(Read the link. Seriously. It’s not that long and it offers a perspective you probably haven’t considered before.)
When I contemplate Dettwyler’s projections for “normal weaning age” vs. the cultural expectations we have about babies and weaning, I’m fascinated by the other aspects of a baby’s development we, as a society, feel compelled to hurry along. We want babies to wean; we want them to sleep all night, away from us; we want them to sit still and quietly and we want them to eat with a fork. Why the rush for independence?
I do remember those years of feeling like a zombie. My first two children are less than 2 years apart (we did this on purpose, but note we did that only once – baby #3 came 10 weeks after #2’s 3rd birthday) and the first was still an avidly breastfeeding toddler when her baby brother arrived. In fact, she swore off all solid food when my milk came back – she gained 5 pounds in his first 2 months on my milk and a few bites here and there of the solids she had previously enjoyed (and eventually ate again). It was around the time of my son’s birth that I believe I developed gluten intolerance, so the sheer exhaustion/lack of sleep was complicated further by painful rashes that covered most of my body and a thick fog that settled over every emotional and mental process I tried to have. Both of them had reverse-cycled, sleeping their long stretch during the day when I was at work and waking to breastfeed frequently all night, every night. But, my babies needed me, so I went with it. I wasn’t trying to prove anything (no one was there to judge, anyway, except my husband, who was occupied with trying to balance his own parenting and career); I just felt, instinctually, that I was doing what needed to be done – nothing heroic, nothing special or above-average, just what my babies needed. Now, they all sleep (though they do prefer to sleep together). And they eat with forks! It was all very no-frills and uncomplicated. I fielded a lot of questions, and I confess I sometimes lied when I just didn’t feel like defending my family’s ever-adapting, “unorthodox” sleep situation anymore. We traveled a lot (for work, mostly), and my children were always “at home” beside me, wherever we found ourselves. I slept whenever I could, which meant that, in those years, I didn’t do much more than I really had to. We made it work in spite of the cultural suggestions that what we were doing was abnormal, because it felt right to us.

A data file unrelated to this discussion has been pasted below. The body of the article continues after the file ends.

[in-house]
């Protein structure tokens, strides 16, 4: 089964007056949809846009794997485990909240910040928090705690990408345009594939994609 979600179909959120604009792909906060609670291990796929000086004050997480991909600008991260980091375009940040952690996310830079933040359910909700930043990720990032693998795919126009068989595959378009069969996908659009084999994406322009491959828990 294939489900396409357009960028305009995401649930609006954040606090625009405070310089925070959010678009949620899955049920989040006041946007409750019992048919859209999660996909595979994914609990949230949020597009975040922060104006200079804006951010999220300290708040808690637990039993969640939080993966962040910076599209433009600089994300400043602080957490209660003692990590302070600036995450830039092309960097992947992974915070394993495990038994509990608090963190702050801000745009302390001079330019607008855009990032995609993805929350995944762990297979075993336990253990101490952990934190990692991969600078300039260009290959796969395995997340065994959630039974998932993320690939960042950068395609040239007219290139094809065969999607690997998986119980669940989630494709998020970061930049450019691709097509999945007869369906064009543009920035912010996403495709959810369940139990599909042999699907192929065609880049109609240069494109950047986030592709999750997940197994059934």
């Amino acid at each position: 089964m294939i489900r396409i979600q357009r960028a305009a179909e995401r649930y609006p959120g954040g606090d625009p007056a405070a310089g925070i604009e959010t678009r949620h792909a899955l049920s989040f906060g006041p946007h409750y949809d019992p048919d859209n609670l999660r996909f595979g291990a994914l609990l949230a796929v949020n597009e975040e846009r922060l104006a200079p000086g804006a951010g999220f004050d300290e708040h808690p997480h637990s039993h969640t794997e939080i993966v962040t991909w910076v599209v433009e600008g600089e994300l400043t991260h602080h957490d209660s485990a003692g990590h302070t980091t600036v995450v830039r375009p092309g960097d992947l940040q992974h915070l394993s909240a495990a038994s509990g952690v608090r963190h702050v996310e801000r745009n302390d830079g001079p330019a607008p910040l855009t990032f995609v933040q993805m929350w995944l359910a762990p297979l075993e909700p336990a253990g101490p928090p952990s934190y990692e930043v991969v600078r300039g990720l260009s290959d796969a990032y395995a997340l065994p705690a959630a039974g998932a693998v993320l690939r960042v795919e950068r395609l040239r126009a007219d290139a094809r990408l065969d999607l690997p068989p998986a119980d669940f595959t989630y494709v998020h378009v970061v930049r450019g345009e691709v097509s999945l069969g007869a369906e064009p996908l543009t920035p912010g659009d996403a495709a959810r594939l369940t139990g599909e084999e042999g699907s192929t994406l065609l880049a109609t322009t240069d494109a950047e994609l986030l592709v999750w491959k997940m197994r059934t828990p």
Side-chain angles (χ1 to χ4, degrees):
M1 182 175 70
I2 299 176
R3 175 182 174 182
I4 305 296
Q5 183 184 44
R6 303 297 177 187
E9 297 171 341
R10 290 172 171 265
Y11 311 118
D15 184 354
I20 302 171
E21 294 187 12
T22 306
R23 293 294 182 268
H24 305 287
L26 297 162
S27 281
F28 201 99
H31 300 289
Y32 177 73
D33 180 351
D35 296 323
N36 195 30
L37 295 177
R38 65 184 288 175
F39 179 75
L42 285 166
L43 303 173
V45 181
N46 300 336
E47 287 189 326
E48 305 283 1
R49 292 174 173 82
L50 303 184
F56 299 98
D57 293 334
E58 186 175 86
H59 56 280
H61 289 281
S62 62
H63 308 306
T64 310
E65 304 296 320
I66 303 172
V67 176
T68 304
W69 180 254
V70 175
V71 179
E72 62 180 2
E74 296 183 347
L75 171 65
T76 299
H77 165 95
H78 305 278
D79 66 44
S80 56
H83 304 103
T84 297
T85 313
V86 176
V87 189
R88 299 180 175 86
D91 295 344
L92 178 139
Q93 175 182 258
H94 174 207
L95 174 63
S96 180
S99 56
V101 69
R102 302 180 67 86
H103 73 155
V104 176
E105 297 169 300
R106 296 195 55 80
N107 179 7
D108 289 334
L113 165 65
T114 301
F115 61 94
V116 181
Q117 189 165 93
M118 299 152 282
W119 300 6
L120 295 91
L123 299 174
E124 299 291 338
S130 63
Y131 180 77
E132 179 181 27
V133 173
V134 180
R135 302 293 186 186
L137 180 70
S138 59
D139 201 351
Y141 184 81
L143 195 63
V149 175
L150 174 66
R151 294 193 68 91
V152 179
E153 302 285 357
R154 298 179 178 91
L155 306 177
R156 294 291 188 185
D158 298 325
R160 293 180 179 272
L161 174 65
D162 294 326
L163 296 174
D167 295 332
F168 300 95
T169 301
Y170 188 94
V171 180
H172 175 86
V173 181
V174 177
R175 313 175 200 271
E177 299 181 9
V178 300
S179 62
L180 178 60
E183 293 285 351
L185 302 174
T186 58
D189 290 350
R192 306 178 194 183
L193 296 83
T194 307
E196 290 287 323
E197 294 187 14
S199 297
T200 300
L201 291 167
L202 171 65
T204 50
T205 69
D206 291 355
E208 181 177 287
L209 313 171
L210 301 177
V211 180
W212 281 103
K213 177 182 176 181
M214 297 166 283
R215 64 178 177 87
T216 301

The weaning, though, didn’t surprise me either time. I had introduced the idea to each child when they started pre-school around their 3rd birthdays, more to let them know that most of their peers probably weren’t still nursing and that it was OK that we still did. We talked about how someday, they wouldn’t want mamma-milk anymore, and how we would still snuggle and be close and loving as much as we wanted. Around each child’s 3rd birthday, I could notice a distinct change in their latch – it had become very shallow and lazy, and not a whole lot of milk got transferred in a nursing session. The fact that this became, at times, physically uncomfortable for me was a real clue that biologically, the need to breastfeed had waned a bit for my child, and the stark comparison between breastfeeding the younger sibling and the older one was evident every day – I had absolutely no physical aversion to nursing the younger child as much as he/she needed.